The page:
In 1991, Arudou joined a small company trading in Sapporo, but working conditions and unhappy experiences there led him to leave after 15 months. In 1993, he obtained a position at the Hokkaido Information University, a private higher education institution, teaching courses in Business English and debate.[1]

Japanese citizenship

Arudou became a permanent resident of Japan in 1996. By 2000, Arudou was established in Japan, with family and a full-time job as an associate professor; he paid taxes, but had no right to vote as a foreigner. For these reasons, Arudou chose to seek Japanese citizenship, which he obtained in 2000.[2] He later changed his name to Arudou Debito,[3] which is formed through selecting the Japanese characters 有道出人 and their appropriate pronunciations. In 2002, Arudou gave up his U.S. citizenship.[4]

Publications and citations

See also: Arudou Debito/Bibliography

Arudou’s first book, in Japanese, was Japaniizu Onrii – Otaru Onsen Nyuuyoku Kyohi Mondai to Jinshu Sabetsu (ジャパニーズ・オンリー―小樽温泉入浴拒否問題と人種差別 ‘Japanese Only – Otaru Hot Spring Bathing Refusal Problem and Racial Discrimination’; 2003). The book documented Arudou and two others’ experiences of litigation against aJapanese hot spring business which denied entry to non-Japanese, and the City of Otaru (小樽市 Otaru-shi) itself.[5][6]Arudou published a second book in English on the matter, Japanese Only: The Otaru Hot Springs Case and Racial Discrimination in Japan (2004; updated 2006),[7] which included new material and different emphases; this appeared to generally positive reviews,[8] with the Japan Times calling it “an excellent account”[9] and the non-profit Japan Policy Research Institute (JPRI) also recommending it.[10]

Arudou’s third work, with administrative solicitor Akira Higuchi (樋口彰 Higuchi Akira), was Handbook for Newcomers, Migrants and Immigrants to Japan (2008), which gives information on living in Japan for the medium to long term, including advice on the procedures for entry to the country, taxes, marriagedivorce, going to court, tackling discrimination, and so on.[11] The book appeared to positive reviews,[12] the Japan Times naming it as the best guide to such issues.[13] The content of the book is printed twice, with English and Japanese on opposite pages.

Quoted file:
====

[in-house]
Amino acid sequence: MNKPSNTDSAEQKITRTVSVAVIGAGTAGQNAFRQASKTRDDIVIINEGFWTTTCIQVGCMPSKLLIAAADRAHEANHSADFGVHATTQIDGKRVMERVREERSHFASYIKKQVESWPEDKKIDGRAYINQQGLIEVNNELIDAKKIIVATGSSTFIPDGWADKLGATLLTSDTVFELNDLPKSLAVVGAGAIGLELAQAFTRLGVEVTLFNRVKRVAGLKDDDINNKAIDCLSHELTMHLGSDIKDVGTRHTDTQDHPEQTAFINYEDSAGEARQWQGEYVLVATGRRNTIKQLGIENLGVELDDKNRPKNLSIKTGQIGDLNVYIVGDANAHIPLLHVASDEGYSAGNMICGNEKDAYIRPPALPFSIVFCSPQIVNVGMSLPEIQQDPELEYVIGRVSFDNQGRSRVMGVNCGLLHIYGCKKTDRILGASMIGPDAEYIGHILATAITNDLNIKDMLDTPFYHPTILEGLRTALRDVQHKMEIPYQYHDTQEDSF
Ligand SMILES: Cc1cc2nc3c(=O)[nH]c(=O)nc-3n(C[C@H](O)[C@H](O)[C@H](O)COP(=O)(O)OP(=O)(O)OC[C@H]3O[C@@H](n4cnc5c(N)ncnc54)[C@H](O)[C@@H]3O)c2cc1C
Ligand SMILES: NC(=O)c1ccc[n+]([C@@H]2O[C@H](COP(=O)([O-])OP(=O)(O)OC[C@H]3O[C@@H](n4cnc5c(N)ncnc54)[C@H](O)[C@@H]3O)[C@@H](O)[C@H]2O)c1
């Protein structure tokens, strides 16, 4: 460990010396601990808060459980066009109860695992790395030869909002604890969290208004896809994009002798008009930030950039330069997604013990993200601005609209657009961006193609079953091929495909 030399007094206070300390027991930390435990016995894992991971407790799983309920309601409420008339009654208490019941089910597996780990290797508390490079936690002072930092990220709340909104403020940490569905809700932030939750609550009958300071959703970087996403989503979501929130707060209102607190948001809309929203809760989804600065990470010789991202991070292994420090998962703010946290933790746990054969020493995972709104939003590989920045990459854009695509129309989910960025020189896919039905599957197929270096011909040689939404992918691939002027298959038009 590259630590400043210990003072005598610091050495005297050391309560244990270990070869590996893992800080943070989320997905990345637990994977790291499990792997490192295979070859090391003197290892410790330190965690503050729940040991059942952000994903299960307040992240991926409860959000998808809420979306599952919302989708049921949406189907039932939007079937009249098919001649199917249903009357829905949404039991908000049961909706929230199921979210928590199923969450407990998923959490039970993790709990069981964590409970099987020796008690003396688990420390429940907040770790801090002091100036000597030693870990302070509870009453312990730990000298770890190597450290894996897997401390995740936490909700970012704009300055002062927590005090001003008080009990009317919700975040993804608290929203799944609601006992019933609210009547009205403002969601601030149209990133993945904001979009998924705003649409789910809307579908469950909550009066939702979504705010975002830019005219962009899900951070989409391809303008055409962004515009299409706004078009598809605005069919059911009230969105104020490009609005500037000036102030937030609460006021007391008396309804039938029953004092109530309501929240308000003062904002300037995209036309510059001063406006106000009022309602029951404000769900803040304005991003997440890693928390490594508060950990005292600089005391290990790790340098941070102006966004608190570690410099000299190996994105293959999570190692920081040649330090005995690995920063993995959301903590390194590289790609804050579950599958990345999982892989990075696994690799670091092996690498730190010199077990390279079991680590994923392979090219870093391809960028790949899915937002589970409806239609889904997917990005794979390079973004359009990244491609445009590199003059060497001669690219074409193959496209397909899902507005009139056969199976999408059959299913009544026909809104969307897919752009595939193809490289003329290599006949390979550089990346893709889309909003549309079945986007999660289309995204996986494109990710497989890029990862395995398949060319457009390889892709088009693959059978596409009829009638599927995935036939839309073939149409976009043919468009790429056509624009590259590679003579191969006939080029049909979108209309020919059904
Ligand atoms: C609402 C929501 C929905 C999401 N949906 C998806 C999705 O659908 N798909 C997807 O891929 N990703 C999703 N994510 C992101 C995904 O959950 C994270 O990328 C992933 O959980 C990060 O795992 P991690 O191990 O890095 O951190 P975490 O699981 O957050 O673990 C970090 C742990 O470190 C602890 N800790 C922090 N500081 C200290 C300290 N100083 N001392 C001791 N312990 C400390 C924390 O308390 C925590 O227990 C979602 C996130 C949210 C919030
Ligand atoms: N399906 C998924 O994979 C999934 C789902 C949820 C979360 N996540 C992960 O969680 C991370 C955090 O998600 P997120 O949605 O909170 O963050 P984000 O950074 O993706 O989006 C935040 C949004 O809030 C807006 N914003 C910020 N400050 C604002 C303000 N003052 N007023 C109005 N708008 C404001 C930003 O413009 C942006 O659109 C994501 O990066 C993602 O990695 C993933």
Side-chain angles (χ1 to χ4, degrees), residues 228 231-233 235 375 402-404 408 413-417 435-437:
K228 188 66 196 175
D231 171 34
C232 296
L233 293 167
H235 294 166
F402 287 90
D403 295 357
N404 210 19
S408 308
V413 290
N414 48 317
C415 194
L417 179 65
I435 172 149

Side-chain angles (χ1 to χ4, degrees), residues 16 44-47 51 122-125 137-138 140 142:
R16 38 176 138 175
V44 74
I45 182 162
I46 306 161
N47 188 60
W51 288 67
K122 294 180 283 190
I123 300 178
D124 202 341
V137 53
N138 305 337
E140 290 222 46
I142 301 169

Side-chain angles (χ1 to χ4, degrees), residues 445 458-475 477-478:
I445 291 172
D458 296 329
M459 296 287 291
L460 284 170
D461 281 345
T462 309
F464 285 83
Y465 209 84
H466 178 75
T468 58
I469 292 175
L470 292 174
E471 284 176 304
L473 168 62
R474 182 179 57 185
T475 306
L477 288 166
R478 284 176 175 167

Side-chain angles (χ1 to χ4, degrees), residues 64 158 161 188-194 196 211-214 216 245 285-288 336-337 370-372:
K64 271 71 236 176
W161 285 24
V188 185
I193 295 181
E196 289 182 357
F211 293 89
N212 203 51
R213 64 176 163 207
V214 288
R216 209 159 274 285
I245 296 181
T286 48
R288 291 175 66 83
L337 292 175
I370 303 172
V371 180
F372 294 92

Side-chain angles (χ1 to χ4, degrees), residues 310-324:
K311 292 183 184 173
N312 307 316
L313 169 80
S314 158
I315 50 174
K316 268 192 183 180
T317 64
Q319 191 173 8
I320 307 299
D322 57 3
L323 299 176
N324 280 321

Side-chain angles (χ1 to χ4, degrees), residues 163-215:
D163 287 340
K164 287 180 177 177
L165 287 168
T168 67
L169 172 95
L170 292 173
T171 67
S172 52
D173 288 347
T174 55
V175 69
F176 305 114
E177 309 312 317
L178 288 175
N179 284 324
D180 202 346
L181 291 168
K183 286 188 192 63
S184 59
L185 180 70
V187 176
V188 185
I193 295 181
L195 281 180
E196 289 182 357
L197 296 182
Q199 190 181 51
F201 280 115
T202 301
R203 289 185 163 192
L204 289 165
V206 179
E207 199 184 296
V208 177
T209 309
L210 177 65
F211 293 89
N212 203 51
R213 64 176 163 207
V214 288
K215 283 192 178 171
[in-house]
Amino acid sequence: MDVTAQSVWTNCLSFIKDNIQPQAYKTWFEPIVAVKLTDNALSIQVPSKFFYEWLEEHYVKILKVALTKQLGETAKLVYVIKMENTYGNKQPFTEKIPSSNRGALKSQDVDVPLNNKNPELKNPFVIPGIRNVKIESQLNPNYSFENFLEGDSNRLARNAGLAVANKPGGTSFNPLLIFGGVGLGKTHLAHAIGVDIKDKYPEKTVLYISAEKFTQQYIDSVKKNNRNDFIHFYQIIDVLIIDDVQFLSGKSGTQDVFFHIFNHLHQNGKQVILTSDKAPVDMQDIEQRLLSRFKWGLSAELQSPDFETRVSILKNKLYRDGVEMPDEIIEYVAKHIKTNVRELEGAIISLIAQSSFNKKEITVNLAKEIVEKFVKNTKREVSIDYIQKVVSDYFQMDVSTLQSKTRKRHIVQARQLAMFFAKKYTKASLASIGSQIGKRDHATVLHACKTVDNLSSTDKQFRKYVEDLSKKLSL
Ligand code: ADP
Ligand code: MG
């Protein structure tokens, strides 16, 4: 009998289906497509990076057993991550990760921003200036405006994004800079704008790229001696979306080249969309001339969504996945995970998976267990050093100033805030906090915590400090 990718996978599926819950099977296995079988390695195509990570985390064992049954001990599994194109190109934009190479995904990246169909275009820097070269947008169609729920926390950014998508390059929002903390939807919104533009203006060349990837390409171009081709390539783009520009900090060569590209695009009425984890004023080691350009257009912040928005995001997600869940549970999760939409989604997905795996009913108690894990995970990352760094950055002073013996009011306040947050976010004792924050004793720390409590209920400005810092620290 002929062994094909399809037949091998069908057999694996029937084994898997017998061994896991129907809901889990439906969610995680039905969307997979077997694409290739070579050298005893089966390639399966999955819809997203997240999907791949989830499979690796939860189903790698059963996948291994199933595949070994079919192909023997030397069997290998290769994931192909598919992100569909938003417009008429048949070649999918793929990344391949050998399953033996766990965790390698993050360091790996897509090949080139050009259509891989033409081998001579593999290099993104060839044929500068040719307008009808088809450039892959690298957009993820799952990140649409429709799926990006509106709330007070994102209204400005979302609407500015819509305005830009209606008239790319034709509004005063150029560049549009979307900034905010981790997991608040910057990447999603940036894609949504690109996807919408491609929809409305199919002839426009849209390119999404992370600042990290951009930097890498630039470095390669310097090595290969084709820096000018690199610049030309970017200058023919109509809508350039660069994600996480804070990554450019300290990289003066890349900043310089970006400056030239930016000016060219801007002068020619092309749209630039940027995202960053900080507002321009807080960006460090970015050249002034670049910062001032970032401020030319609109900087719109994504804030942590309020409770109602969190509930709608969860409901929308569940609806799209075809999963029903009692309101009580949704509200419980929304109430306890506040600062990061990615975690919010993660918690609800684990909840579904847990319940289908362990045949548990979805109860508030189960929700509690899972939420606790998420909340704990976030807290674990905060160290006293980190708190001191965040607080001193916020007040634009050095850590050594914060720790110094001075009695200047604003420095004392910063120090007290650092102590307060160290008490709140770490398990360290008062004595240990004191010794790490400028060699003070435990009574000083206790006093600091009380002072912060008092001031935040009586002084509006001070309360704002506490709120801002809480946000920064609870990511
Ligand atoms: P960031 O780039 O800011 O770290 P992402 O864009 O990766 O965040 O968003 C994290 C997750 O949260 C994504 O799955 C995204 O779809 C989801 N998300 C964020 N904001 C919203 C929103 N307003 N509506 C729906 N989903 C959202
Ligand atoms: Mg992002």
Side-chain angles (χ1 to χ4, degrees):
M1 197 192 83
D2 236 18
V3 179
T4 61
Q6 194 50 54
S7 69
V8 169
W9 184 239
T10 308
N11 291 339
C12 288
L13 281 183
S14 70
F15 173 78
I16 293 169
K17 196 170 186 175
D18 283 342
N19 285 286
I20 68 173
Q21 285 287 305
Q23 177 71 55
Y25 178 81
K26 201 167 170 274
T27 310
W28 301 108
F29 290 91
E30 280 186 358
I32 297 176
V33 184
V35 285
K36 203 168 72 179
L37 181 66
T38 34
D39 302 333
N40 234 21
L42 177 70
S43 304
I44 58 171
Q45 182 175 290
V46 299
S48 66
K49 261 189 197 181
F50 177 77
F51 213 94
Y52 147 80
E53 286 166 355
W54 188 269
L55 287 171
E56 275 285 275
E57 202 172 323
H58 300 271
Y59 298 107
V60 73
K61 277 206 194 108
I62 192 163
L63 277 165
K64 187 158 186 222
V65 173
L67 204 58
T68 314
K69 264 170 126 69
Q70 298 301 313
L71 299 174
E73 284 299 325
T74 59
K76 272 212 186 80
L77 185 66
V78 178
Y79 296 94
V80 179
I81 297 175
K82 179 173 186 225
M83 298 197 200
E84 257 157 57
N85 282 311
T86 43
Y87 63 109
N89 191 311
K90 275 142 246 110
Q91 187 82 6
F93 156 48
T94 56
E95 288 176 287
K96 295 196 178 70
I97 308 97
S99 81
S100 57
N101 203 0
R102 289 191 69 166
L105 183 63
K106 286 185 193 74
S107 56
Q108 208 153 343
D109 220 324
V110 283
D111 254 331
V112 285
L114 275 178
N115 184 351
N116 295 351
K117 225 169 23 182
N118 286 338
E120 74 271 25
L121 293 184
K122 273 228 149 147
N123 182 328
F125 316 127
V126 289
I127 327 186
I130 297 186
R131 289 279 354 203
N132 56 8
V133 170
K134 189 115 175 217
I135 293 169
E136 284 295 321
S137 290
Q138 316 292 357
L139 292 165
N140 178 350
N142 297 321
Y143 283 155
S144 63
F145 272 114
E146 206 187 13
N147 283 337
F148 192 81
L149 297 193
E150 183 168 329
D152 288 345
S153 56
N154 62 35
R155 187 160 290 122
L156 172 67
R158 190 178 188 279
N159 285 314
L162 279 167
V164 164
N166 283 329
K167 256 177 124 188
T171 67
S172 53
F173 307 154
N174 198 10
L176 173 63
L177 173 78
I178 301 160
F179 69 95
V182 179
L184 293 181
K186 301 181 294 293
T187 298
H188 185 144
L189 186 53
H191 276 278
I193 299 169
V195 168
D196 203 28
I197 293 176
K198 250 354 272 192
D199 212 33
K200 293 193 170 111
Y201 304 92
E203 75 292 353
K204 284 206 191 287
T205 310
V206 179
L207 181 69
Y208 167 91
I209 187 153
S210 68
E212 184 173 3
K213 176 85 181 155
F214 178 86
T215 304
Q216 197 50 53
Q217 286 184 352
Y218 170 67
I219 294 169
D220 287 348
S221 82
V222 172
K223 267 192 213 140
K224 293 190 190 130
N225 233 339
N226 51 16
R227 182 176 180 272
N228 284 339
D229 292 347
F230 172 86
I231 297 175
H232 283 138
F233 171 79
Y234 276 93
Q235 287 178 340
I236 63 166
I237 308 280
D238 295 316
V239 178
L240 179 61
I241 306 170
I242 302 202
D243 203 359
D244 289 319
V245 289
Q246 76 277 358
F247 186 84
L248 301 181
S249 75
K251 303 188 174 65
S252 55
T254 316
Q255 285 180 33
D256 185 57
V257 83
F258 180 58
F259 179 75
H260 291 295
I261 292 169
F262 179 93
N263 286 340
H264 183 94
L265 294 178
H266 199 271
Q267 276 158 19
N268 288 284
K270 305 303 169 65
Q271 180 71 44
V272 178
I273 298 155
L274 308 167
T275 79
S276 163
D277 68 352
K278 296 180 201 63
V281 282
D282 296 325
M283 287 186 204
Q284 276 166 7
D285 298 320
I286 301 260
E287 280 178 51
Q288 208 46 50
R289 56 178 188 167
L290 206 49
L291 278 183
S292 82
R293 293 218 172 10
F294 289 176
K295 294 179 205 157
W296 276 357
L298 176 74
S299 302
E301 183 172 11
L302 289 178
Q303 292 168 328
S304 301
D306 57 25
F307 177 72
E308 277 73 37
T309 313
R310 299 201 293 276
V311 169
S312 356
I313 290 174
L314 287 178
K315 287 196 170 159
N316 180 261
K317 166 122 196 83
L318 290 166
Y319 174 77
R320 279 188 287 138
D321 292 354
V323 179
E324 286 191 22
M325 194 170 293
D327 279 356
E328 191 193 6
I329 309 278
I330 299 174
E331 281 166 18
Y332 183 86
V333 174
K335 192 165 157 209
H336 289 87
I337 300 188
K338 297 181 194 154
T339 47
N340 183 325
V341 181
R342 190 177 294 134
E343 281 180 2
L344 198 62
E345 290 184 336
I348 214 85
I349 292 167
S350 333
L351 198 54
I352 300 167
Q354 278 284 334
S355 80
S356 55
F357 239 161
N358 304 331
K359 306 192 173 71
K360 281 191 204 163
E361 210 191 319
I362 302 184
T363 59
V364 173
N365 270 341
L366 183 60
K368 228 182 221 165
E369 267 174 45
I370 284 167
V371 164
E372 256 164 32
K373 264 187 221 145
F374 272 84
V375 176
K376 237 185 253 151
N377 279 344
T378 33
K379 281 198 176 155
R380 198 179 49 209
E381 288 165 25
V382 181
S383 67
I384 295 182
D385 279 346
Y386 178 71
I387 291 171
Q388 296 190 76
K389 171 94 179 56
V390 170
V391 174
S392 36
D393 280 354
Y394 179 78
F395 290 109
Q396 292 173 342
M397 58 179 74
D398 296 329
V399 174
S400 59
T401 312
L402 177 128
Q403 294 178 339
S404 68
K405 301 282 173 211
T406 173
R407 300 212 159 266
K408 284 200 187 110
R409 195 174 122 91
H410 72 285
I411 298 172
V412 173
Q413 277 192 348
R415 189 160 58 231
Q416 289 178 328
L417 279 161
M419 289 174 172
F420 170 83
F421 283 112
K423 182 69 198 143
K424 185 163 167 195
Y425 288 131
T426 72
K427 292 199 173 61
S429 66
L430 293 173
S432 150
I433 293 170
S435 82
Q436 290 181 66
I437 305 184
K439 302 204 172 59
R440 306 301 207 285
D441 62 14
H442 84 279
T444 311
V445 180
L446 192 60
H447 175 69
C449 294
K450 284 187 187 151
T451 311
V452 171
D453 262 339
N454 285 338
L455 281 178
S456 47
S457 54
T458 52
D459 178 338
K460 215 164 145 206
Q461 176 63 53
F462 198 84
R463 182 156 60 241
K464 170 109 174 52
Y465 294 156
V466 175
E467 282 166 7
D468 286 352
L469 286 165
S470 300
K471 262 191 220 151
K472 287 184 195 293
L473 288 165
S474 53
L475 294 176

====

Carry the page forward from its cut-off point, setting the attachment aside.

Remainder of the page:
Arudou has also extensively published in academic journals, particularly the peer-reviewed Japan Focus, and penned columns for newspapers such as the Japan Times. He is a regular interviewee in various news publications, radio programmes and podcasts,[14] and is cited frequently in academia, the media and on the internet.[15] His website,, contains a substantial amount of information about living and working in Japan, details of Arudou’s activities, and campaigning pages such as a ‘Rogues’ Gallery’ of establishments which appear to restrict or deny entry to non-Japanese.[16]


Arudou founded a group called ‘The Community’ in 1999 to raise awareness of human rights issues in Japan, such as discrimination in employment and denial of services to people of non-ethnically Japanese appearance.[17] In 2008, he co-founded ‘FRANCA’ (Foreign Residents and Naturalized Citizens Association) in the wake of the Japanese government‘s implementation of fingerprinting all foreigners on every entry to the country, regardless of status. Among this forming NGO‘S aims are ensuring non-discriminatory treatment for foreign residents and naturalised citizens, eliminating stereotypical images, and promoting the benefits of immigration and a multicultural society.[18] His website and Japan Times columns have focused on cases involving discrimination.[19]

Otaru hot springs case